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New York Folklore Vol. 18, Nos. 1-4, 2000
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NEW YORK FOLKLORE
Vol. 18, Nos. 1-4, 2000*
Through African-Centered Prisms
Guest Editor: Barbara L. Hampton
with editorial contributions by
John W. Suter, Karen Taussig-Lux, and Sally Atwater

“SOME HARD USAGE”: THE NEW YORK CITY SLAVE REVOLT OF 1712
by Thelma Wills Foote

NEW YORK CITY’S SLAVE REVOLT OF 1712 was the first armed uprising in British North America undertaken by more than twenty slaves (Genovese 1979:4; Aptheker 1987:172–173). This insurrection occurred during a relatively early stage in the Colony of New York’s development, a period when the importation and use of African slaves was an integral part of colony building. Like the revolts that occurred in the Caribbean basin before the close of the African slave trade in 1808, African newcomers led New York City’s revolt. But in addition to the African leaders, Spanish-speaking Indians from outside New York and creole blacks born in the colony also played critical roles in the rebellion. In this respect New York’s revolt bore a greater resemblance to the plot of 1776 in Hanover, Jamaica, which involved a cross-section of Jamaica’s slave population (e.g., native Africans, creole blacks, and other slaves) than to earlier revolts in the Caribbean basin, which involved mostly unacculturated Africans.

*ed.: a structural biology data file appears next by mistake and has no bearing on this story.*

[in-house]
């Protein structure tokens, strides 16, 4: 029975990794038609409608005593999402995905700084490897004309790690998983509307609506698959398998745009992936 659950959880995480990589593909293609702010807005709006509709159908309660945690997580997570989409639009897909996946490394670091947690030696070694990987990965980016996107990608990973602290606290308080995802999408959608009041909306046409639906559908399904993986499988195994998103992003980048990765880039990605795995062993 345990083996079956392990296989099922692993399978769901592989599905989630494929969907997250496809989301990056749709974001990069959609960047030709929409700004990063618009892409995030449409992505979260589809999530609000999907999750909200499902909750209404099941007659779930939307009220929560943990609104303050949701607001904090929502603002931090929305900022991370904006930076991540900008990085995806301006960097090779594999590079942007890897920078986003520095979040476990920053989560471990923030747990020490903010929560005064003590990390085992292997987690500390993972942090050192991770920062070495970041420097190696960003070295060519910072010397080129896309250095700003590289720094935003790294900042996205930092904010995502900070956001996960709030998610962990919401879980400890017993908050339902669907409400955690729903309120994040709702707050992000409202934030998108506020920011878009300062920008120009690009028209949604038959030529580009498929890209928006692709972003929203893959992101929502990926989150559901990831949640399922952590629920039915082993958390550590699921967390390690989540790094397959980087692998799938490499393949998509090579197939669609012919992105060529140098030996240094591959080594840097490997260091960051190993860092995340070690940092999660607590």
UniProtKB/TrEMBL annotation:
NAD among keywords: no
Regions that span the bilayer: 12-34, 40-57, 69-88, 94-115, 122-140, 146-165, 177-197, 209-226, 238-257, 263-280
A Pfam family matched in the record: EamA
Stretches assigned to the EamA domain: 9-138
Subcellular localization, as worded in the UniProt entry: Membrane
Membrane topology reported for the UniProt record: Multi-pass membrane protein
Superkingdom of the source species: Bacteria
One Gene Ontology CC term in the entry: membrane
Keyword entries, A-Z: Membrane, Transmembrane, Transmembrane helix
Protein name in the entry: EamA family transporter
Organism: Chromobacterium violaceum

Eighteenth-century New York City was a densely populated port town, and its slave population was a melting pot of several African ethnic groups, as well as creole blacks, a few Indians, and mulattoes. The practical operations of exploiting a slave labor force, the lax and ill-organized machinery of slave control, and the resilience and ingenuity of the slaves themselves combined to open a field of independent action to the slaves. Like prisoners on parole, New York City’s slave labor force circulated from job site to job site about town, and the freedom of movement accorded to this debased segment of society meant that the slaves’ resentment was not always quarantined within fixed boundaries.....


*This volume was delayed in publication and published out of sequence.

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